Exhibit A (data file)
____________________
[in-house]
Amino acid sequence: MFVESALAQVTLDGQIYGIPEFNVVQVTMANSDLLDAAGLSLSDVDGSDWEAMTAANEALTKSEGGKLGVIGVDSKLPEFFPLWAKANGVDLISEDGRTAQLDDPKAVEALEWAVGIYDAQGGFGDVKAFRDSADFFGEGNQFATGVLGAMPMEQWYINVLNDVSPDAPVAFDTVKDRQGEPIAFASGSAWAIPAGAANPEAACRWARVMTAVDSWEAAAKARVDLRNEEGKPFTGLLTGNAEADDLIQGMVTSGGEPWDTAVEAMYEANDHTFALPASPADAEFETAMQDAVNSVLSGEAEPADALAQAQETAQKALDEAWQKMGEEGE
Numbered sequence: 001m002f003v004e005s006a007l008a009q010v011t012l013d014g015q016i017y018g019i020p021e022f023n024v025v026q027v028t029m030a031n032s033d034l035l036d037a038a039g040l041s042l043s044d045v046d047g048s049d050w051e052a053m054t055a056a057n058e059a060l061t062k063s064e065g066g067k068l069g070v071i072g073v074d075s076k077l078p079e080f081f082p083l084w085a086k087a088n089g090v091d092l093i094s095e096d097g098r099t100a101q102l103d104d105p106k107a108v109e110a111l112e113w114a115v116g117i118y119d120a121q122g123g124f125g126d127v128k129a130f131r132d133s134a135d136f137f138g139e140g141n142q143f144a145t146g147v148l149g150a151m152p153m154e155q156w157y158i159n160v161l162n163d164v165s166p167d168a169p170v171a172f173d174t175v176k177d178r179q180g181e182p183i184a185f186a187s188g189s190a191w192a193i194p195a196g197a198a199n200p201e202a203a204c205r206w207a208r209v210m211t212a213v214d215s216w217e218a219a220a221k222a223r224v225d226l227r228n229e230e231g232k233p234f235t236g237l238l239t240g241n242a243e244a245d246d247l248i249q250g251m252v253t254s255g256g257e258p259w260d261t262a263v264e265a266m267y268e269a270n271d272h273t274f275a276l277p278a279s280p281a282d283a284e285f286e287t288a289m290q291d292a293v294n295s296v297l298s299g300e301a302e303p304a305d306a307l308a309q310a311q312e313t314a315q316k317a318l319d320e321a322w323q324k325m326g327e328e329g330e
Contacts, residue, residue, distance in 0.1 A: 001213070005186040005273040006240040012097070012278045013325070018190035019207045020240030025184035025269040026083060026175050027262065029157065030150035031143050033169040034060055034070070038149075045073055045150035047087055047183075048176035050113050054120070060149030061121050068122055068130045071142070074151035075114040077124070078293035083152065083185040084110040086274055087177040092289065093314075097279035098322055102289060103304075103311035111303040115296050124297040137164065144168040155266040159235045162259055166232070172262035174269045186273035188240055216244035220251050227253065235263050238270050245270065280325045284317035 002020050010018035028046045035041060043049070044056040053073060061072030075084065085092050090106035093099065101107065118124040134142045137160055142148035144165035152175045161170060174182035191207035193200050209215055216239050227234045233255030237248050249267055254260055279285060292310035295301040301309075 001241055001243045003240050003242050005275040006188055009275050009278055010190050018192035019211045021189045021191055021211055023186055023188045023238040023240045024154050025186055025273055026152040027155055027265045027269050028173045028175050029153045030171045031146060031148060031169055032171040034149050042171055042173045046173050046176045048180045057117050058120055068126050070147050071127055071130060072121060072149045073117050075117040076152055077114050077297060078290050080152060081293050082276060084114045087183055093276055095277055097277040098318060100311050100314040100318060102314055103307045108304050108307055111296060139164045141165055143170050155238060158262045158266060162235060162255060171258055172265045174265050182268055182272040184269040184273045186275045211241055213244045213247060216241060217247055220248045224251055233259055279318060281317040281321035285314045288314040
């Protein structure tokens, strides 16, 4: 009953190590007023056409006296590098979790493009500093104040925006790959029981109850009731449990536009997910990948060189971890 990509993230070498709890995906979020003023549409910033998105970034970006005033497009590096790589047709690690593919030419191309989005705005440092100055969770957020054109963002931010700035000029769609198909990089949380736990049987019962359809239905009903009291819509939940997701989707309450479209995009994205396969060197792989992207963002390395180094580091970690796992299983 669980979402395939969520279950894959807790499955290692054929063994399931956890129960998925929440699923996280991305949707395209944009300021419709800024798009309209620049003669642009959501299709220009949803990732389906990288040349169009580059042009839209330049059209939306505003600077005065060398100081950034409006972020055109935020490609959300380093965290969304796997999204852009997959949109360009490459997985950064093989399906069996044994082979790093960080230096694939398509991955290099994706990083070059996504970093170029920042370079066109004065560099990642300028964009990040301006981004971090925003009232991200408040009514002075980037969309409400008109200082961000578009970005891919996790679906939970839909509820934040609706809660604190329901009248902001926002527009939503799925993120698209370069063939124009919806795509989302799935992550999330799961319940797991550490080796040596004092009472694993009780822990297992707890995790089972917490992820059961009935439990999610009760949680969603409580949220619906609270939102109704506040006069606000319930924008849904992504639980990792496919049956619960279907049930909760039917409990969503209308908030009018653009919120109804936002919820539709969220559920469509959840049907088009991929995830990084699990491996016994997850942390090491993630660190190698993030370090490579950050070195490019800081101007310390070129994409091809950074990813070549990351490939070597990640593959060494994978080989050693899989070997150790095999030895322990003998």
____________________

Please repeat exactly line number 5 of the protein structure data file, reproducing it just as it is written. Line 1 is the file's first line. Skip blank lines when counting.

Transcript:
């Protein structure tokens, strides 16, 4: 009953190590007023056409006296590098979790493009500093104040925006790959029981109850009731449990536009997910990948060189971890 990509993230070498709890995906979020003023549409910033998105970034970006005033497009590096790589047709690690593919030419191309989005705005440092100055969770957020054109963002931010700035000029769609198909990089949380736990049987019962359809239905009903009291819509939940997701989707309450479209995009994205396969060197792989992207963002390395180094580091970690796992299983 669980979402395939969520279950894959807790499955290692054929063994399931956890129960998925929440699923996280991305949707395209944009300021419709800024798009309209620049003669642009959501299709220009949803990732389906990288040349169009580059042009839209330049059209939306505003600077005065060398100081950034409006972020055109935020490609959300380093965290969304796997999204852009997959949109360009490459997985950064093989399906069996044994082979790093960080230096694939398509991955290099994706990083070059996504970093170029920042370079066109004065560099990642300028964009990040301006981004971090925003009232991200408040009514002075980037969309409400008109200082961000578009970005891919996790679906939970839909509820934040609706809660604190329901009248902001926002527009939503799925993120698209370069063939124009919806795509989302799935992550999330799961319940797991550490080796040596004092009472694993009780822990297992707890995790089972917490992820059961009935439990999610009760949680969603409580949220619906609270939102109704506040006069606000319930924008849904992504639980990792496919049956619960279907049930909760039917409990969503209308908030009018653009919120109804936002919820539709969220559920469509959840049907088009991929995830990084699990491996016994997850942390090491993630660190190698993030370090490579950050070195490019800081101007310390070129994409091809950074990813070549990351490939070597990640593959060494994978080989050693899989070997150790095999030895322990003998």